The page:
A BENDIGO office is a possibility for the First Peoples' Assembly of Victoria as it looks to expand its regional footprint after being promised $20 million funding.
Tuesday's state budget announced the funding to continue the work of the First Peoples' Assembly and advance the treaty process between Aboriginal Victorians and the government.
Elected in 2019, the assembly's role is to create the framework for treaty negotiation between Aboriginal people and government.
Leaders say the milestone funding will mean treaty-making in Victoria sooner.
North West Assembly member Raylene Harradine said the funding would make a huge difference, meaning the organisation could better regionalise its work.
Ms Harradine is also the chief executive of Bendigo Aboriginal District Cooperative.
"Hopefully it's going ... give us the opportunity to decentralise and for us to be able to work more our in the regions, and to do more effective work with our communities and talk to our communities," she said.
First People's Assembly co-chair Marcus Stewart said it was phenomenal to receive the $20 million funding. He said it put the organisation on a strong equal footing to negotiate with government for a self-determination fund.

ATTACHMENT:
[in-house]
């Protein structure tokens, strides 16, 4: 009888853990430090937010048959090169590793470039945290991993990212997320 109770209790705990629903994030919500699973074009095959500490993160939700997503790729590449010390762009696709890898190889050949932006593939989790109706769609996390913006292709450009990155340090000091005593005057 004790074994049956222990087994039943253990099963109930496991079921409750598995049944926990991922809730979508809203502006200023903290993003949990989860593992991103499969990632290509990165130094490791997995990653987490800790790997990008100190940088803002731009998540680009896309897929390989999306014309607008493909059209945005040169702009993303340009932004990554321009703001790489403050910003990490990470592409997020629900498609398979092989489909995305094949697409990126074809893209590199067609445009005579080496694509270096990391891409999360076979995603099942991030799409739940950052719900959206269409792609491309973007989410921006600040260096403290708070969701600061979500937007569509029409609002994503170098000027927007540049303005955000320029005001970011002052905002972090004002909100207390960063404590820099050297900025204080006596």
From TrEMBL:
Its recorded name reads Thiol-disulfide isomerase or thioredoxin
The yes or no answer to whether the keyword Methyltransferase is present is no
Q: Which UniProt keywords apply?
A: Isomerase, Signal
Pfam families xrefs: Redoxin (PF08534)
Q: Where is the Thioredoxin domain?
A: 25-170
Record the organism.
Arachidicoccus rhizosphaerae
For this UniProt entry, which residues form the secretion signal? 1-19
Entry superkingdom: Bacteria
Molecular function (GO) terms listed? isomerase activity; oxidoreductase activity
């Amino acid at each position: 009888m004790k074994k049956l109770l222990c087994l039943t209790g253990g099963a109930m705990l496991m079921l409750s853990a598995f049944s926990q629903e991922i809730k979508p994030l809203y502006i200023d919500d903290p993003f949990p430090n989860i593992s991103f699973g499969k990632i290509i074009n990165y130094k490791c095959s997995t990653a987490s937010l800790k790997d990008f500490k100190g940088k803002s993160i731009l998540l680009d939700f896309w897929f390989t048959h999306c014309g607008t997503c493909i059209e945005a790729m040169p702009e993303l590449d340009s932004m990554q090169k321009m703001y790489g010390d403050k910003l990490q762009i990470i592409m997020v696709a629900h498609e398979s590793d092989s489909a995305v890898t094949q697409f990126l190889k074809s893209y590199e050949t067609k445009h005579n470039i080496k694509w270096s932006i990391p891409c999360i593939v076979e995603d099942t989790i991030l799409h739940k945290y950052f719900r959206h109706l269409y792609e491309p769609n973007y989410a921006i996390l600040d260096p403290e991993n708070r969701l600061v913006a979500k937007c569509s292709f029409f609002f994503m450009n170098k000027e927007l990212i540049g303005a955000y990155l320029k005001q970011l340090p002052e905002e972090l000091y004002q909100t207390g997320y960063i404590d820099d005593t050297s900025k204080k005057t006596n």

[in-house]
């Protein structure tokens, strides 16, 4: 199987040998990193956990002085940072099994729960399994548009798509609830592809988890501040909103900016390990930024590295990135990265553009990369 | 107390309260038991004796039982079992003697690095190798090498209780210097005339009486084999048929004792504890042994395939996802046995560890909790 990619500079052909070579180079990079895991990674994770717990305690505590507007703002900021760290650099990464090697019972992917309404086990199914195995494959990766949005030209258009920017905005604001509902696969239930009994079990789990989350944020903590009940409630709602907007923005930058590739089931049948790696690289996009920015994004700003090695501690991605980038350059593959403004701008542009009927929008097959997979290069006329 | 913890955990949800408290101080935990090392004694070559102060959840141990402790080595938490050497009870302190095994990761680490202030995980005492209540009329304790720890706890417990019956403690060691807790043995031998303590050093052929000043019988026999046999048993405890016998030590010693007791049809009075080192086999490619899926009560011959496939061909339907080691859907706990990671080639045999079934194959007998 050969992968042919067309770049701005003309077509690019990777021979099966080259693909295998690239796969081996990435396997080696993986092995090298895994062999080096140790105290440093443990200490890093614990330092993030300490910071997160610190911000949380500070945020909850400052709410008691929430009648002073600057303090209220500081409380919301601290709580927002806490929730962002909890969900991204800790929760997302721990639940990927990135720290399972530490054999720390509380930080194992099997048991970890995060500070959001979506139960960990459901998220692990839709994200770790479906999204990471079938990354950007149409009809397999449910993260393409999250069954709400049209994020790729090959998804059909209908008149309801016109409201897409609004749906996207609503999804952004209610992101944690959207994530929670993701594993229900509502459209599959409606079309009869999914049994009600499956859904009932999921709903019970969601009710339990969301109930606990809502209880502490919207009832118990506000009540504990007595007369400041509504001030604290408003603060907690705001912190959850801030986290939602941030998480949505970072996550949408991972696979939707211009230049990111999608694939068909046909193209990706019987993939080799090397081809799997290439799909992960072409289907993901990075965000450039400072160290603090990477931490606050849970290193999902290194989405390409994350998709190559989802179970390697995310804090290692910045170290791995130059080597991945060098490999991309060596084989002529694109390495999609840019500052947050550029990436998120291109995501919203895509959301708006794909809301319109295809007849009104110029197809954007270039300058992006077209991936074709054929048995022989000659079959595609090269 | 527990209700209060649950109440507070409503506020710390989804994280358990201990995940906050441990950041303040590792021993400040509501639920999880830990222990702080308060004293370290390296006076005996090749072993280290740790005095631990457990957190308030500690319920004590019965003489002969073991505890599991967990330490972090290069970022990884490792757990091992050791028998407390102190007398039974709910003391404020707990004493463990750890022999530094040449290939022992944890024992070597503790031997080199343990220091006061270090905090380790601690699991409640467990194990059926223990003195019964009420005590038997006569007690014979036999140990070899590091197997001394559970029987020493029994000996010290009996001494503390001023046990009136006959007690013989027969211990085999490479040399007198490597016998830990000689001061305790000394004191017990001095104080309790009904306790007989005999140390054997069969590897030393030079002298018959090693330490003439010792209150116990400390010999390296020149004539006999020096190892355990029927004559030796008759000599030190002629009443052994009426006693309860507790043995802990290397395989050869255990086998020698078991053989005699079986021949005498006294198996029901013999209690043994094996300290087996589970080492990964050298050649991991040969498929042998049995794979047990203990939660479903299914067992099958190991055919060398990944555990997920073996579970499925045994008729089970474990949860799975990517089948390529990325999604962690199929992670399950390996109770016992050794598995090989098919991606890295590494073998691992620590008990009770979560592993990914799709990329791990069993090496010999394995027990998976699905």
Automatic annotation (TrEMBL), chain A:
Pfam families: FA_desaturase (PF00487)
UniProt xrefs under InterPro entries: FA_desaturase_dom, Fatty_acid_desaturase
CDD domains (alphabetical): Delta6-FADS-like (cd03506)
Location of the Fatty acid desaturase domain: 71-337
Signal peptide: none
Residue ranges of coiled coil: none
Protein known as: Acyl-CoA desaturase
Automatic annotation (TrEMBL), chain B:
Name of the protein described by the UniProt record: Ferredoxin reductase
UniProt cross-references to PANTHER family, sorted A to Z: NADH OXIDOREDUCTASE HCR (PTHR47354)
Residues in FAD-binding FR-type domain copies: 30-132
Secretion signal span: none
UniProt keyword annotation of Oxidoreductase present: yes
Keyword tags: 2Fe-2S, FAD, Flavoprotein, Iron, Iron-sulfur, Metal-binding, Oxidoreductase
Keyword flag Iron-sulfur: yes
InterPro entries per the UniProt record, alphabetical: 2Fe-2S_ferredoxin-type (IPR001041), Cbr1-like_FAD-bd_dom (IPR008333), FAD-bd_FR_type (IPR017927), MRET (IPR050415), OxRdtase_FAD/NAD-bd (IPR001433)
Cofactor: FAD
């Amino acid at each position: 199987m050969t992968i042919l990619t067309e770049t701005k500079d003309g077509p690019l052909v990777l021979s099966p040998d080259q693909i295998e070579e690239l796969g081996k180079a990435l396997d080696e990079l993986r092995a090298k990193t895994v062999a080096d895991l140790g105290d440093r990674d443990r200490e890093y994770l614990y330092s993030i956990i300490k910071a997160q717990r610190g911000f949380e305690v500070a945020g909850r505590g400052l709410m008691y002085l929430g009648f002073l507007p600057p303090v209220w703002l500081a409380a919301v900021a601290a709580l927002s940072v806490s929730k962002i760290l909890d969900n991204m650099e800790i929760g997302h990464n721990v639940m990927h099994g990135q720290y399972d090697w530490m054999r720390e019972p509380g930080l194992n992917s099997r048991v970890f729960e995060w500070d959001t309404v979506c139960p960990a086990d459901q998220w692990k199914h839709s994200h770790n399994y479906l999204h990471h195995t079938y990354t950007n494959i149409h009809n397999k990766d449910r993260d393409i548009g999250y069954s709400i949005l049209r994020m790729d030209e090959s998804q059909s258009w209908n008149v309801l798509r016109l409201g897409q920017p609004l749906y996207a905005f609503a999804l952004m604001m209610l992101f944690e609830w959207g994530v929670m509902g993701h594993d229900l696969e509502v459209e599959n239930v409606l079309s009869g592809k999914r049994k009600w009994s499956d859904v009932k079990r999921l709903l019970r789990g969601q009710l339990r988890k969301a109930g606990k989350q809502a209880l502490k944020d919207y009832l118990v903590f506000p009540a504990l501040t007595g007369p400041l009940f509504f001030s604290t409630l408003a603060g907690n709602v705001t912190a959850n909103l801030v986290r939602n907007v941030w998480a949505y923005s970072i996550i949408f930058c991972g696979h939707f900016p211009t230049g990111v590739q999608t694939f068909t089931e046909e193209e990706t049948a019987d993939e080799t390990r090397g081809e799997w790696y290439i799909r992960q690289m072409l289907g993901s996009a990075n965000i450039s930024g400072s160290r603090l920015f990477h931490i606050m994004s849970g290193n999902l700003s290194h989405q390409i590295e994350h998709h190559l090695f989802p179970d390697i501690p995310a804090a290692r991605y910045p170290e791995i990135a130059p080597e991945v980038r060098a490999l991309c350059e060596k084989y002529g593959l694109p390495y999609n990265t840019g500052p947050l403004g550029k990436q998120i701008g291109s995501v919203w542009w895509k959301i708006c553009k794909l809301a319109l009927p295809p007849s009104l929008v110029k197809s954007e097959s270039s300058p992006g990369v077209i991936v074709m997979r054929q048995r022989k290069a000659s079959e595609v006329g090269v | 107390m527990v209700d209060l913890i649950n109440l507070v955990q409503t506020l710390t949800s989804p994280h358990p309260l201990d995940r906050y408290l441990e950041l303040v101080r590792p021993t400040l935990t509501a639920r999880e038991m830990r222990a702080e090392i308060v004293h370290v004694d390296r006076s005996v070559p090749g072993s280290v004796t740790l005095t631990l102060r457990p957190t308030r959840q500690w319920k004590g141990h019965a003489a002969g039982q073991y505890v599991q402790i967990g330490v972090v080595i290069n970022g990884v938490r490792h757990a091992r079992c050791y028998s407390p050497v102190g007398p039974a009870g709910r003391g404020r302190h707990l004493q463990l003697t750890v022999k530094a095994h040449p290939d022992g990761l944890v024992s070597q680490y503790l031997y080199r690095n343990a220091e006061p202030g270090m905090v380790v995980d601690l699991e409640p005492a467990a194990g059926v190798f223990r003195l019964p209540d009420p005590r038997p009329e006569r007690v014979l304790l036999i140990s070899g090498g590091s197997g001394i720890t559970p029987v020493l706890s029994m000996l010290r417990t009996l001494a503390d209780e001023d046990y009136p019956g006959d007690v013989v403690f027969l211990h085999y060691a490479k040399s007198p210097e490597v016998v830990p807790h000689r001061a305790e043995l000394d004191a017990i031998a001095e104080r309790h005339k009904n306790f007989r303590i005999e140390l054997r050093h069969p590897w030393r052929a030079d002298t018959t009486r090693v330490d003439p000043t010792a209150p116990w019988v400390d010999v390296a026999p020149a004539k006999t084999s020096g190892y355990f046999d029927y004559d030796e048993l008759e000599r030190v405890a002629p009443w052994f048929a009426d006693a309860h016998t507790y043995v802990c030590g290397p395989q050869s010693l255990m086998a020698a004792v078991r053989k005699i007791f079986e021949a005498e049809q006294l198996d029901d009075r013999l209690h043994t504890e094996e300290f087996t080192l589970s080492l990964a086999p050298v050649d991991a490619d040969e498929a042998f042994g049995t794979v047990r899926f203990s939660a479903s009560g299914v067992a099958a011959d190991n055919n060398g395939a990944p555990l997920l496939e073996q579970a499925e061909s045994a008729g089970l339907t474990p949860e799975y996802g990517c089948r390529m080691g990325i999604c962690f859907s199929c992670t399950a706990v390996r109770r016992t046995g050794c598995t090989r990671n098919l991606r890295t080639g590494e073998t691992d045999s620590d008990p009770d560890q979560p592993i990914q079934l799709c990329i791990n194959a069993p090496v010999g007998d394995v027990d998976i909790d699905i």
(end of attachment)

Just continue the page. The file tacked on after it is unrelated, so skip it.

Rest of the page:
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Mr Stewart said it meant people could expect treaty-making in Victoria soon.
"To see this level of investment by government because this shows that we are part of Victoria," Mr Stewart said.
"Treaty is critical to Victorians, and we're part of the state's infrastructure, like a parliament, like local government, and now the First Peoples' Assembly."
Mr Stewart said the funding would allow the First Peoples' Assembly to invest into its members with a stronger stipend, so they could get out and engage with the community more.
He said it would also look at establishing a regional footprint, such as offices in each of its five regions.
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